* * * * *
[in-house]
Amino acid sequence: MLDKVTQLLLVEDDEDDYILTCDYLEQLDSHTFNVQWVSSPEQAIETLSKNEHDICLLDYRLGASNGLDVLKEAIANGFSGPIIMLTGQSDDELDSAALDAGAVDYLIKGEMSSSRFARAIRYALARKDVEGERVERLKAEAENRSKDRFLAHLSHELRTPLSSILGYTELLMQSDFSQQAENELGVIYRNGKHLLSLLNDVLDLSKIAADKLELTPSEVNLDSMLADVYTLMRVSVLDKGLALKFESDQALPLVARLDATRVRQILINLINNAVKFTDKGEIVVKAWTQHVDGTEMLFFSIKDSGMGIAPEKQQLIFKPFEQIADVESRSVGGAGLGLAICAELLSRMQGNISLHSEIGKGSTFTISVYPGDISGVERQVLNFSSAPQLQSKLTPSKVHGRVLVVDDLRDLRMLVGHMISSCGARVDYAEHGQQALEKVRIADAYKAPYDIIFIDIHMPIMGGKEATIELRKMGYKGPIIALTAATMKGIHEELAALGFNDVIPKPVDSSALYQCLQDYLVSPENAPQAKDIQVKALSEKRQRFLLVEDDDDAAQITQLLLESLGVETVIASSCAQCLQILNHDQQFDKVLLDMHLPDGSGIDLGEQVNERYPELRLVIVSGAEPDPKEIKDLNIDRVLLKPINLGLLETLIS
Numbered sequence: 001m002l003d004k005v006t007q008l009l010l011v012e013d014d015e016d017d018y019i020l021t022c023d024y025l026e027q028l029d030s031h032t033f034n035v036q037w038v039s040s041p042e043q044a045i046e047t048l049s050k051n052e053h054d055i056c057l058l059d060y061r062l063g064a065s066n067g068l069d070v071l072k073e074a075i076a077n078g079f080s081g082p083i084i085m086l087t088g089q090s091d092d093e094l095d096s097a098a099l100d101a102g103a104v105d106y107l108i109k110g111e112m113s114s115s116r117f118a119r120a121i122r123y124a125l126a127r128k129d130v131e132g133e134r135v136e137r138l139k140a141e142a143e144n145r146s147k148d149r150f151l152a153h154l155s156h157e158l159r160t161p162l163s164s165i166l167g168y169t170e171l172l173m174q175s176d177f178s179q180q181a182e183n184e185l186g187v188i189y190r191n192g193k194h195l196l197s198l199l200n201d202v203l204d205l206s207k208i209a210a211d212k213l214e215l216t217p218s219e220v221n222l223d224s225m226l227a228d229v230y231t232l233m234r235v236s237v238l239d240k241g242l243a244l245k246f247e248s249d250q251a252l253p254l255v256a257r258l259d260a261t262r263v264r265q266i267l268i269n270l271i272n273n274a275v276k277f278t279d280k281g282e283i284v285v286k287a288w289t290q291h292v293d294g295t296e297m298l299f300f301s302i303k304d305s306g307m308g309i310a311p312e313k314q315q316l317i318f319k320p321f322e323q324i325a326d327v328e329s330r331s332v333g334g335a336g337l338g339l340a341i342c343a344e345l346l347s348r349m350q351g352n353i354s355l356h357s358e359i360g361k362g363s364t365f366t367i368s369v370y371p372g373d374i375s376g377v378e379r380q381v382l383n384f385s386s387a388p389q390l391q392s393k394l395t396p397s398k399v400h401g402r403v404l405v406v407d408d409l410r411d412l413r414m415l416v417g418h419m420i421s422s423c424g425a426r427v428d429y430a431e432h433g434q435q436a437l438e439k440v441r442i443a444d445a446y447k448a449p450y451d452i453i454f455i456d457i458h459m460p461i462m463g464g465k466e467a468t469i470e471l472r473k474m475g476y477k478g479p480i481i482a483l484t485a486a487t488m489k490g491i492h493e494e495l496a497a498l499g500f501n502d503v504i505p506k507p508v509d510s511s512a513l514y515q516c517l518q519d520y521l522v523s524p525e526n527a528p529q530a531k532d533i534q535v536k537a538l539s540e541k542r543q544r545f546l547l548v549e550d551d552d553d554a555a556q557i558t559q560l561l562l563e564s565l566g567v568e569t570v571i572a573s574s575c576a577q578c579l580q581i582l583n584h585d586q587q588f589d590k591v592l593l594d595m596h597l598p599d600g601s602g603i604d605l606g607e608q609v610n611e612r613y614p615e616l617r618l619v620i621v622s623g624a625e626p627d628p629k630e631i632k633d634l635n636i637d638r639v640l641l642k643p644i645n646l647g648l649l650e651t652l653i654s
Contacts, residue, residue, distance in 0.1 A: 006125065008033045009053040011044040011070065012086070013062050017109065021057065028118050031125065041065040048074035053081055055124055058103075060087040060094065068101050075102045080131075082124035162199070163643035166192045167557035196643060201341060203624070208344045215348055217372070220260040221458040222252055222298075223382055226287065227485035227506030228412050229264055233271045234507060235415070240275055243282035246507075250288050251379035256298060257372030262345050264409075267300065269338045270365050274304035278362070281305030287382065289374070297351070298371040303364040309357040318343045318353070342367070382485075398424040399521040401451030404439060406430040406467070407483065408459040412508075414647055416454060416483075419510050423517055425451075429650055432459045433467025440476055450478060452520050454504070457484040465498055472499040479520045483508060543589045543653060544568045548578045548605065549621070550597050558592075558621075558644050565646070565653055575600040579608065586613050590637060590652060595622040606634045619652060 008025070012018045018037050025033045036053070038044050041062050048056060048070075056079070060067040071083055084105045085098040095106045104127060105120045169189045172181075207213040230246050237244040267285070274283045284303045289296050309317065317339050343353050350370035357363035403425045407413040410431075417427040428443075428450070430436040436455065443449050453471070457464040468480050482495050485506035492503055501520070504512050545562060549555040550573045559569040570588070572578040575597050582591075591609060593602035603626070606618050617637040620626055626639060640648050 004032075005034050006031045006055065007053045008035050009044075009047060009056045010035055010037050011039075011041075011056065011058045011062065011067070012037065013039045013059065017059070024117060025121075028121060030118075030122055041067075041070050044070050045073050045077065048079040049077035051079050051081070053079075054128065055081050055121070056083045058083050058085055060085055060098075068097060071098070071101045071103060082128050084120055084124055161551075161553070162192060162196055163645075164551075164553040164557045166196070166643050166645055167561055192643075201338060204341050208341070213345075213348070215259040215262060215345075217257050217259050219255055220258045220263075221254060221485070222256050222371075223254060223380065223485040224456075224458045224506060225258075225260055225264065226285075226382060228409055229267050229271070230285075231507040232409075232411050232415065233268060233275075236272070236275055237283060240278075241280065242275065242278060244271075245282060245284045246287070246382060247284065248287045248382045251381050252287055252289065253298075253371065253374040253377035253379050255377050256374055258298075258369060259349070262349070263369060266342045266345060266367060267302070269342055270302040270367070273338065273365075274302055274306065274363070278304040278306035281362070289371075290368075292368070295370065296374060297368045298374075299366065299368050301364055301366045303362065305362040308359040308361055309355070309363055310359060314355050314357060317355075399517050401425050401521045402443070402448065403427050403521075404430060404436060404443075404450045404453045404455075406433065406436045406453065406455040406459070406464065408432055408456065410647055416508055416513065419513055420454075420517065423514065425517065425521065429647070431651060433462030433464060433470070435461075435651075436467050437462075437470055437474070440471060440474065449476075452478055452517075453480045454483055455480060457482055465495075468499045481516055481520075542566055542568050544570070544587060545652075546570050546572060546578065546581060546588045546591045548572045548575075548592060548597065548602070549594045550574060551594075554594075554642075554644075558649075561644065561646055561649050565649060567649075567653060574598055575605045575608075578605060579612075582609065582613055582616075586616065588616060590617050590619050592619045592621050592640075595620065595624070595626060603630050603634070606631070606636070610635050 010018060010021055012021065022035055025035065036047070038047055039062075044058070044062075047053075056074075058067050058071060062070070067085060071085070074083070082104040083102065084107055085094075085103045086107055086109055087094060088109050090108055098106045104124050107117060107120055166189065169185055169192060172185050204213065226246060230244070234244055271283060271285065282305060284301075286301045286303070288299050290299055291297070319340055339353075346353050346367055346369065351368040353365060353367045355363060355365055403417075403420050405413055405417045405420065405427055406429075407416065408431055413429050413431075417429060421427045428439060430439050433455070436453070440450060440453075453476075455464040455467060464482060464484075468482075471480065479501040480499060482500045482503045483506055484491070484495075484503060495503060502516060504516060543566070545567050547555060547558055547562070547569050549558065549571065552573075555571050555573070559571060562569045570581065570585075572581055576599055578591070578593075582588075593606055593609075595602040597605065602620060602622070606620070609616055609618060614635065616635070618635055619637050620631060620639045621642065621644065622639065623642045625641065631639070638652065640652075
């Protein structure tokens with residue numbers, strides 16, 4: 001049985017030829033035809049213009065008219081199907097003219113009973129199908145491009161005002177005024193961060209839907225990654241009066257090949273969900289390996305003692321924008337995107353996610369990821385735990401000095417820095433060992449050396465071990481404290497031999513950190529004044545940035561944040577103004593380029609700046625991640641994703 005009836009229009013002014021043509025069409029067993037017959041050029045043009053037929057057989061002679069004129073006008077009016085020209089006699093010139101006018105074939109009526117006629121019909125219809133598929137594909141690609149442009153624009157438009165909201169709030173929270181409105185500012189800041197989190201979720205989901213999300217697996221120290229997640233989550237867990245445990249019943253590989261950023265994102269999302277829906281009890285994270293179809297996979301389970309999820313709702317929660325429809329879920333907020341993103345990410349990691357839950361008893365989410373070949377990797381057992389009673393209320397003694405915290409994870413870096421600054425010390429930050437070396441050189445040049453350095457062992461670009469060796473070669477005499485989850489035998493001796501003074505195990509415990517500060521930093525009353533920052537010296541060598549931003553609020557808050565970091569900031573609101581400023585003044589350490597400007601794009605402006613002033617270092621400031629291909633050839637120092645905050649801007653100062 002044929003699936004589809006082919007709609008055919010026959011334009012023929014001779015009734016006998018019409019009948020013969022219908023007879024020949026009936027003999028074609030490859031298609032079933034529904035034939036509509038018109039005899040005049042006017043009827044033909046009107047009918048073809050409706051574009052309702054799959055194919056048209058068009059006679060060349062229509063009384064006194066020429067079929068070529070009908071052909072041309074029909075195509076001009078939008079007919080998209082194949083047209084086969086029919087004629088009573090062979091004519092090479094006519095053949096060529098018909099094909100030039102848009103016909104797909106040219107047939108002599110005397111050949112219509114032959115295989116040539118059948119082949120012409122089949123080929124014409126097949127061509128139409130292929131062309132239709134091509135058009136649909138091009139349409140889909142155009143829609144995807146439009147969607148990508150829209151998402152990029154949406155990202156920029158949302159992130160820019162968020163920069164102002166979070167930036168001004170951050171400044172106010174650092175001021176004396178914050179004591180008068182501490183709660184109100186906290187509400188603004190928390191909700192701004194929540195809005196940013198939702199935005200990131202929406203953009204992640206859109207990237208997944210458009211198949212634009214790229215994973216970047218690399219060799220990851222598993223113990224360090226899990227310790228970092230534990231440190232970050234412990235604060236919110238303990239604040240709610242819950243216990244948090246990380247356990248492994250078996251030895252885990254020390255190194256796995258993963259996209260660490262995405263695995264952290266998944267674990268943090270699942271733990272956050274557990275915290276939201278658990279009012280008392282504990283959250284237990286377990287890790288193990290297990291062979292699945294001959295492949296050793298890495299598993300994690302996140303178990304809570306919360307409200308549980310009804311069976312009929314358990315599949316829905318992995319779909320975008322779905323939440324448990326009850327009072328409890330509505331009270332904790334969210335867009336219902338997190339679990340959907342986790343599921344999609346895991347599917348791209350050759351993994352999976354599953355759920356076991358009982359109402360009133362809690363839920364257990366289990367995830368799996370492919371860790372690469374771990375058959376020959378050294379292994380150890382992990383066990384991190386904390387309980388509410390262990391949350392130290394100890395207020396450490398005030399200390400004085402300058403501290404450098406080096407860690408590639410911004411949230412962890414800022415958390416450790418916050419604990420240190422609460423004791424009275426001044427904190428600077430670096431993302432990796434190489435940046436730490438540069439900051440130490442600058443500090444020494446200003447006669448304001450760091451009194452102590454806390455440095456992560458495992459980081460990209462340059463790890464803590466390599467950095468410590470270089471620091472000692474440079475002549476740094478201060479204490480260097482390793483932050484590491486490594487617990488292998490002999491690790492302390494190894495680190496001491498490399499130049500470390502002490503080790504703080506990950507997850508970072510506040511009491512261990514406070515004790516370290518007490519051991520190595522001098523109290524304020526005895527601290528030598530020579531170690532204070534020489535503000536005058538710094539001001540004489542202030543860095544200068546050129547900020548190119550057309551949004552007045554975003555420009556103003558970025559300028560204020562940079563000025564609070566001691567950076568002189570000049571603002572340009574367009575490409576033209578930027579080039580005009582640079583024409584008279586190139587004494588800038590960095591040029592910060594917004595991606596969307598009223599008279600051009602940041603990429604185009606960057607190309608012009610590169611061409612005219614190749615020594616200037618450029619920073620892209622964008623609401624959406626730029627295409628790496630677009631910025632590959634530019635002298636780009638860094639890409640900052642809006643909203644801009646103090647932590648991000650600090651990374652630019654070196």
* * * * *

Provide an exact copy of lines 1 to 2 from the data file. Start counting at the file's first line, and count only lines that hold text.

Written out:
[in-house]
Amino acid sequence: MLDKVTQLLLVEDDEDDYILTCDYLEQLDSHTFNVQWVSSPEQAIETLSKNEHDICLLDYRLGASNGLDVLKEAIANGFSGPIIMLTGQSDDELDSAALDAGAVDYLIKGEMSSSRFARAIRYALARKDVEGERVERLKAEAENRSKDRFLAHLSHELRTPLSSILGYTELLMQSDFSQQAENELGVIYRNGKHLLSLLNDVLDLSKIAADKLELTPSEVNLDSMLADVYTLMRVSVLDKGLALKFESDQALPLVARLDATRVRQILINLINNAVKFTDKGEIVVKAWTQHVDGTEMLFFSIKDSGMGIAPEKQQLIFKPFEQIADVESRSVGGAGLGLAICAELLSRMQGNISLHSEIGKGSTFTISVYPGDISGVERQVLNFSSAPQLQSKLTPSKVHGRVLVVDDLRDLRMLVGHMISSCGARVDYAEHGQQALEKVRIADAYKAPYDIIFIDIHMPIMGGKEATIELRKMGYKGPIIALTAATMKGIHEELAALGFNDVIPKPVDSSALYQCLQDYLVSPENAPQAKDIQVKALSEKRQRFLLVEDDDDAAQITQLLLESLGVETVIASSCAQCLQILNHDQQFDKVLLDMHLPDGSGIDLGEQVNERYPELRLVIVSGAEPDPKEIKDLNIDRVLLKPINLGLLETLIS